Kinshasa shopkeeper Abedi Patelli said prices rise when the exchange rate of Congo's currency falls. "But when our currency improves against the U.S. dollar, prices don't fall," he said. "They remain steady."
WFP spokesman Greg Barrow said poorer countries can suffer a "ratchet effect" that locks in price rises due to high transportation costs and limited competition.
"Prices dropped fairly dramatically toward the end of 2008 on international markets but we found prices remained relatively high in many local markets in developing countries," said Barrow.
After the cost of food rises, "it tends to take a long time to go down," he said.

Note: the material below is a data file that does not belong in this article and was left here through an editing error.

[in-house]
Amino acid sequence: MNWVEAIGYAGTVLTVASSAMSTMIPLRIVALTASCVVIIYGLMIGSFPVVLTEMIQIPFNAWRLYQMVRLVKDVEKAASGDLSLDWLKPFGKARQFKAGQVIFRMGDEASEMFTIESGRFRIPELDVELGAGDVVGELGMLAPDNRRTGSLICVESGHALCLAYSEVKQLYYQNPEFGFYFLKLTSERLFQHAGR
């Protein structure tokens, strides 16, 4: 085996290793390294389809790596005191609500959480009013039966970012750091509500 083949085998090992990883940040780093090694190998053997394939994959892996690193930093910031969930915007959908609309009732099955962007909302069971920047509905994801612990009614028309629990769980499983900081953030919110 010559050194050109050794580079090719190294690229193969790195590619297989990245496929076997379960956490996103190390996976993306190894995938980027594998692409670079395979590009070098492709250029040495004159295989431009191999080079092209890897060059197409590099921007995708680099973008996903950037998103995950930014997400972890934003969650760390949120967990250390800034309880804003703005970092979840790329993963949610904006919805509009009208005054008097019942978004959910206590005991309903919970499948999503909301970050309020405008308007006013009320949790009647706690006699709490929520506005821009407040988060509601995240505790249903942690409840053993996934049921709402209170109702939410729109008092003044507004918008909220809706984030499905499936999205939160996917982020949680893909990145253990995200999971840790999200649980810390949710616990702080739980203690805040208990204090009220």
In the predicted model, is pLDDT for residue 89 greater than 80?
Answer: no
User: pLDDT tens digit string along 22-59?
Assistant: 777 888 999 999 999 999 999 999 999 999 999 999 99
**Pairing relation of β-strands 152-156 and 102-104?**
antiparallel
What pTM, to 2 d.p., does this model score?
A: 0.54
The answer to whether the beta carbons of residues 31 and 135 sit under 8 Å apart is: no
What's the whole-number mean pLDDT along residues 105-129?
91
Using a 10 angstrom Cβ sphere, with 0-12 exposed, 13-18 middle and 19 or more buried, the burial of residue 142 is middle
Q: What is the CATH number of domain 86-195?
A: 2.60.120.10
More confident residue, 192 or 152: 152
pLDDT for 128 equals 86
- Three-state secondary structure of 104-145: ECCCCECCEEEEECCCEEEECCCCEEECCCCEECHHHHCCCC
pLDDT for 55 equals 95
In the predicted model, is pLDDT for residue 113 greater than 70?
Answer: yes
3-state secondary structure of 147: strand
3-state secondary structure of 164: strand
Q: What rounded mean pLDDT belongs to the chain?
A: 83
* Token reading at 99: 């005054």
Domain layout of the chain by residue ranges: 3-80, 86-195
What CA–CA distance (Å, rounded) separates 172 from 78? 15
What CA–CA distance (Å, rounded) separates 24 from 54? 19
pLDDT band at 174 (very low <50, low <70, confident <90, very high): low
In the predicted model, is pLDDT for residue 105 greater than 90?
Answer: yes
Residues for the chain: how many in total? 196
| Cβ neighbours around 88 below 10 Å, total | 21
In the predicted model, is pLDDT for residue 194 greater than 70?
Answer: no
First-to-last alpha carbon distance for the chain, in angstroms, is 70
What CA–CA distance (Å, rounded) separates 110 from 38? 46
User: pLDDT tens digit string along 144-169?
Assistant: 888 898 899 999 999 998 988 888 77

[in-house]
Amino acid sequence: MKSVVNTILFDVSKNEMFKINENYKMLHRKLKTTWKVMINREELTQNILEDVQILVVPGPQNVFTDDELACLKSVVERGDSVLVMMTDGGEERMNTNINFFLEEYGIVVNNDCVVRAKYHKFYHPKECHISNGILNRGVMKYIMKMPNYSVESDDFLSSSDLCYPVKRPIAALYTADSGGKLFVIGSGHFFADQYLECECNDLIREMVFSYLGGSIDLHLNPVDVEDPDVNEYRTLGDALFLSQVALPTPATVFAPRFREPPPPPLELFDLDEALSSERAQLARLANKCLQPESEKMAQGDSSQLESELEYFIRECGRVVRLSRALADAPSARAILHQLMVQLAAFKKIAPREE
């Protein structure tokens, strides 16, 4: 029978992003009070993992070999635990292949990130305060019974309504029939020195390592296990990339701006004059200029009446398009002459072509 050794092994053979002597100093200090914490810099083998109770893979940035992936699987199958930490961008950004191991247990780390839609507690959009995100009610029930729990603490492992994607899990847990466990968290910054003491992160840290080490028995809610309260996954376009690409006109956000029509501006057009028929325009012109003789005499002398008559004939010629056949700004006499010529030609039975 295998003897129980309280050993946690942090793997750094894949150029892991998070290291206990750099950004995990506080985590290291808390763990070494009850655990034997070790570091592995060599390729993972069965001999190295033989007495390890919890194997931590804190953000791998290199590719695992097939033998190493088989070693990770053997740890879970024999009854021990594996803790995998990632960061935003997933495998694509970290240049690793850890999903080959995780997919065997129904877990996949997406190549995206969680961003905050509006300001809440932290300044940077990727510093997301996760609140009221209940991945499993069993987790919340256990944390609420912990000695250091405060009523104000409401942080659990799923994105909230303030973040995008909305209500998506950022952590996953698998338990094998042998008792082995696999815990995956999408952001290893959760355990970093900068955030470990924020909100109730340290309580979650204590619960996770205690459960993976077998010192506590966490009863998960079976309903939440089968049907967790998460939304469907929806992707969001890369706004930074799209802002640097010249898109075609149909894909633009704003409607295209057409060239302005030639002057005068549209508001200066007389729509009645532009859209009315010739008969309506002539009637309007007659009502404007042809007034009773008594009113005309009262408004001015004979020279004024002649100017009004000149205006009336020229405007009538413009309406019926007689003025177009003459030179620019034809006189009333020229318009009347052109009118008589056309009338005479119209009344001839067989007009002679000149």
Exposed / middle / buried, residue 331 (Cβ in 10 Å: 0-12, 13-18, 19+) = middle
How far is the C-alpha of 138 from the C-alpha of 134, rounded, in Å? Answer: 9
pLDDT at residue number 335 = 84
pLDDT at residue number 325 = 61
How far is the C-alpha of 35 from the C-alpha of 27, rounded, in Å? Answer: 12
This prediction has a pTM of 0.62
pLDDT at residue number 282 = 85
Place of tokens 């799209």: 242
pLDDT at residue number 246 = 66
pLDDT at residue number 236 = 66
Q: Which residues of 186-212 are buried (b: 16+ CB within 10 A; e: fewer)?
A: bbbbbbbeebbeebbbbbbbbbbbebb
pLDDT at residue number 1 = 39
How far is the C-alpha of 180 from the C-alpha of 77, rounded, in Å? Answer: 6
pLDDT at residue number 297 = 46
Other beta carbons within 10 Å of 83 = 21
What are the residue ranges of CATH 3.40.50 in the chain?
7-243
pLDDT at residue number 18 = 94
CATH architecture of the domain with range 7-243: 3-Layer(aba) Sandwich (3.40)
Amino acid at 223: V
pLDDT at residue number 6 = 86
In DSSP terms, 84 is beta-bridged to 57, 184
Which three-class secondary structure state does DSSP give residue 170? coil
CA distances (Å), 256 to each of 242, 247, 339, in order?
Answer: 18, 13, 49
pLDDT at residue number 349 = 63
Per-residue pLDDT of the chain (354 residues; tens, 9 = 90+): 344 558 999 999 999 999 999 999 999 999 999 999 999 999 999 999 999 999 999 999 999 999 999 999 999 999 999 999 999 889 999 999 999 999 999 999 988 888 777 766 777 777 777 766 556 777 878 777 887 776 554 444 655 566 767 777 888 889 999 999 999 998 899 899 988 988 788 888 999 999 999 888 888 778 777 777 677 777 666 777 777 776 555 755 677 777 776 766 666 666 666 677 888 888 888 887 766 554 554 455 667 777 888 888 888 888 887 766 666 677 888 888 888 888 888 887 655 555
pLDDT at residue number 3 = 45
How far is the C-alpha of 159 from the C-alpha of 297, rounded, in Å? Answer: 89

The FAO said the double blow of the global recession and high food prices has pushed 100 million people into poverty.
Opposition parties have organized protests in Pakistan. In Egypt, a 50 percent jump in meat prices in recent weeks has helped to fuel demonstrations outside parliament over wages and other economic issues.
"I am afraid that I will wake up one day and not able to get enough bread for my 12-member family," said Aboulella Moussa, a doorman at a Cairo apartment building.
People interviewed in a number of countries said they are coping not just by cutting out expensive items but by eating less — a trend that has stirred concern about malnutrition.
In the 2008 inflation spike, WFP found families in some countries skipped meals or switched to eating corn husks or other low-quality produce. "Over the long term, this would lead to the effects of chronic malnutrition," Barrow said.